How does the album fit in to this game? There is a lot of debate regarding how to handle albums in the modern age, whether to treat them as sellable product or free promotion. Given the amount of attention the band gives to the music itself, they are almost ambivalent to the function of the album itself. Not that they aren’t crafting art in their album, as bassist Nick LaGrasta points out, “since the industry is where it’s at now i think it raises the bar for how good you have to be live to get fans to want to come back and see you over and over.” Moses adds that it, “goes back to the fanbase. What do your fans want? Do they like to go out, socialize, dance at your shows? Do they want to throw your record on their radio? You will have to excel in both areas if you want to achieve maximum success with your fans.” “Performance and Recorded music are almost two different arts,” Galactic suggests, with LaGrasta concurring, “they are absolutley both art but now working together more than ever.” In the case of the album though, you have art that requires significant investments of time, energy and money. The old thinking was that the album represented the apex of a band’s achievement, designed to give the listener a lasting impression of the band as artists. To that end, album sales and revenues supported the artists in creating their works, but in today’s reality, very few people pay for recorded music anymore. Moses approaches the issue with great pragmatism, explaining that, “the album is going to fill two roles, it’s both a source of income and a promotional vessel. Look, you have three types of fans (and the distinctions are not always so clear cut). There are fans who will see shows, fans who prefer to listen to your music on their own, and fans who will never pay you a cent either way. You sort of need all three, because the last category still contributes to your buzz [in that] the freeloaders will introduce your music to the concertgoers and album-buyers.”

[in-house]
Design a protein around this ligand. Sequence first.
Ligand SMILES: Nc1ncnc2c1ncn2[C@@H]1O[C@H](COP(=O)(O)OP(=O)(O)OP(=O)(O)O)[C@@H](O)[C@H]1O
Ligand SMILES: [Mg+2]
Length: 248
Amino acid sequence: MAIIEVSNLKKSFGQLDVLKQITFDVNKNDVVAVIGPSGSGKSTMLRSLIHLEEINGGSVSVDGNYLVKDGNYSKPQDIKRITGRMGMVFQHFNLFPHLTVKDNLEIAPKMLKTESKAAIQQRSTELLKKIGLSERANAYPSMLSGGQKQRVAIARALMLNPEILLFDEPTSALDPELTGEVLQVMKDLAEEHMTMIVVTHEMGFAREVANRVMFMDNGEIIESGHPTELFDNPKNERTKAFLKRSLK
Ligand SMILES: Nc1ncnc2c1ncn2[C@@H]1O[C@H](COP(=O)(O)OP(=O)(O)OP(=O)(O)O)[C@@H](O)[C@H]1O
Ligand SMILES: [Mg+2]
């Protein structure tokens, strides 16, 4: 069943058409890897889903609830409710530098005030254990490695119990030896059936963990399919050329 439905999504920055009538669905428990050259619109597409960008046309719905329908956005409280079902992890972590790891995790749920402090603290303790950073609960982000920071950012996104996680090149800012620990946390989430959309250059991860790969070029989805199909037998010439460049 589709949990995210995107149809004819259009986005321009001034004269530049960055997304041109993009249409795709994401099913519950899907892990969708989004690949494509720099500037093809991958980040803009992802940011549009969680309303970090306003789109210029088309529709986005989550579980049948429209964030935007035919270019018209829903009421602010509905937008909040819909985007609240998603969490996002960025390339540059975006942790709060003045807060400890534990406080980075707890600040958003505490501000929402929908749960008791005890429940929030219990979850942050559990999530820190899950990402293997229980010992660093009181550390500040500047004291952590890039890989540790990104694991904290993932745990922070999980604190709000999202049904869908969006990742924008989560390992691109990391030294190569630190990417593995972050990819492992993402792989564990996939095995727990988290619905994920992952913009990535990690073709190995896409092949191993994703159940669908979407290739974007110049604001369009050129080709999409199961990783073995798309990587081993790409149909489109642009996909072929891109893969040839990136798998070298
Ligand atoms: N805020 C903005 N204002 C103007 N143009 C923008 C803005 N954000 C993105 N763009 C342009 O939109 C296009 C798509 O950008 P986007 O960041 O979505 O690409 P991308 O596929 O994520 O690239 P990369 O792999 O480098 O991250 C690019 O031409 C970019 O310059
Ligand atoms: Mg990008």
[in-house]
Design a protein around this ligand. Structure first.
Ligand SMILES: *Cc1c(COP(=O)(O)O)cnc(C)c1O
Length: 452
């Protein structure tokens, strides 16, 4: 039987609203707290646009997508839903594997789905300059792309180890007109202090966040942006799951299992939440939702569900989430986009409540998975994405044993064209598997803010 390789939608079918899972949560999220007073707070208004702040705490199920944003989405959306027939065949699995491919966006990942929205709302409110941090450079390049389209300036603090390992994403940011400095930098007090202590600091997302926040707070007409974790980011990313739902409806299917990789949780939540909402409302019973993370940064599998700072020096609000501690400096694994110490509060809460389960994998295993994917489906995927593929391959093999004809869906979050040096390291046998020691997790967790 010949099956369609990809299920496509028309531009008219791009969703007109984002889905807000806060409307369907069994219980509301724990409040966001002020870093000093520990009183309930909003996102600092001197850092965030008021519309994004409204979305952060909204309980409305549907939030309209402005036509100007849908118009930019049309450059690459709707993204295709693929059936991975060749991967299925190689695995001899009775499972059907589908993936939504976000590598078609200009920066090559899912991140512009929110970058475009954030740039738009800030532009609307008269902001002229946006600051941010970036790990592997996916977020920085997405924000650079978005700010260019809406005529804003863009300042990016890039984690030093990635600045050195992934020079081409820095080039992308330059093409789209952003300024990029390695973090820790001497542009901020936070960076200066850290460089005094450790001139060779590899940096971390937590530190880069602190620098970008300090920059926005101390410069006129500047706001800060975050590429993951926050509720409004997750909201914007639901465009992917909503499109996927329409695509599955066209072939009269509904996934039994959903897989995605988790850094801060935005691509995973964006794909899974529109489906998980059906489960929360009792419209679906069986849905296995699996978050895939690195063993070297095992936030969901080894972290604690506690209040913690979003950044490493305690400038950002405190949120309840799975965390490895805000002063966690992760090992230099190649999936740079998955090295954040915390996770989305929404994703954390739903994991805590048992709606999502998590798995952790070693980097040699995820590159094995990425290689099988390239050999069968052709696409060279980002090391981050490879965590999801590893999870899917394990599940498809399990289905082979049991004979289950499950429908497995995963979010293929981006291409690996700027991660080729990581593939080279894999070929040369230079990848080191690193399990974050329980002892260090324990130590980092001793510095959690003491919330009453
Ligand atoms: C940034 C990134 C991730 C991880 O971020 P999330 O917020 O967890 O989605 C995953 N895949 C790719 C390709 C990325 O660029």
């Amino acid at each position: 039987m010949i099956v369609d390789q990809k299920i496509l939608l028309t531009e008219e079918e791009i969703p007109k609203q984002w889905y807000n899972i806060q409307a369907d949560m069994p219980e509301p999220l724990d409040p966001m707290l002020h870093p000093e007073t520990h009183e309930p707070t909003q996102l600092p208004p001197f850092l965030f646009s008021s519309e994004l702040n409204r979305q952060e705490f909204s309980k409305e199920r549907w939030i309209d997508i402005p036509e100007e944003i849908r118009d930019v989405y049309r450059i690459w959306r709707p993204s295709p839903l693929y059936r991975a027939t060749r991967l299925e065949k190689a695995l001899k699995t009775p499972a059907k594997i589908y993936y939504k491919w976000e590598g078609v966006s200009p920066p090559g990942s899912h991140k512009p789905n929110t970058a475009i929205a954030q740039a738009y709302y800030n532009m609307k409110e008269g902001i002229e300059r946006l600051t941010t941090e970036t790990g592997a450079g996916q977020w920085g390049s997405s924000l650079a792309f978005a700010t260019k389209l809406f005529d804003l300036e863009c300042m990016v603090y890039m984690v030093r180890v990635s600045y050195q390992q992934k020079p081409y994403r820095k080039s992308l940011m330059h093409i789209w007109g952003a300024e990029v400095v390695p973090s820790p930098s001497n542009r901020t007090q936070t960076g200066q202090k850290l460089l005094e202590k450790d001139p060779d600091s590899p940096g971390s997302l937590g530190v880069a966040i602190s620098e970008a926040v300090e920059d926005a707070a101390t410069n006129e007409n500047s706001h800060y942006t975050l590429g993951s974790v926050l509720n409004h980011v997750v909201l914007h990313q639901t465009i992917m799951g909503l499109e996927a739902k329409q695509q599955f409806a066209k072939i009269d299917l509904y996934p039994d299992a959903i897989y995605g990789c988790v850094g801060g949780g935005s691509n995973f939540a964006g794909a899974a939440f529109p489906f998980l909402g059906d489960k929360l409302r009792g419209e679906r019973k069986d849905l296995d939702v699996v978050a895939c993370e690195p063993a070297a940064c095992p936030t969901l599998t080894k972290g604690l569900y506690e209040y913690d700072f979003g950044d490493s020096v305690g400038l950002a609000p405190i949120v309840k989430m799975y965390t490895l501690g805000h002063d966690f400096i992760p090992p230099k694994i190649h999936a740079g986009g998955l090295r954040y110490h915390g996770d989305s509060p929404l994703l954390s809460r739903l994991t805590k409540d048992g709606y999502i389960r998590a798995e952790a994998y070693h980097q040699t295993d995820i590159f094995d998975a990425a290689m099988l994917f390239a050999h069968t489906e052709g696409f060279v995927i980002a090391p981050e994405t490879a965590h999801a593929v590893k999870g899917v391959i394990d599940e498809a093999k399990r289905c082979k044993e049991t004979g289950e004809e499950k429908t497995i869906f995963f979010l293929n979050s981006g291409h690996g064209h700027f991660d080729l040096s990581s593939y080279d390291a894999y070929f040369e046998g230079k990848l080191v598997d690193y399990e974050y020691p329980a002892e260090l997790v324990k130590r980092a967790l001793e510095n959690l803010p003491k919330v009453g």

The Frontier Brothers have a good grasp on their art, and how it functions as a business, without sacrificing one for the other. Despite living miles apart from each other, the band members have found ways to dedicate their energy towards making the band work, and have devised a number of innovative and efficient methods of functioning. While none of us may have it all figured out yet, this band is at the very least trying to do things differently, and at the most, succeeding.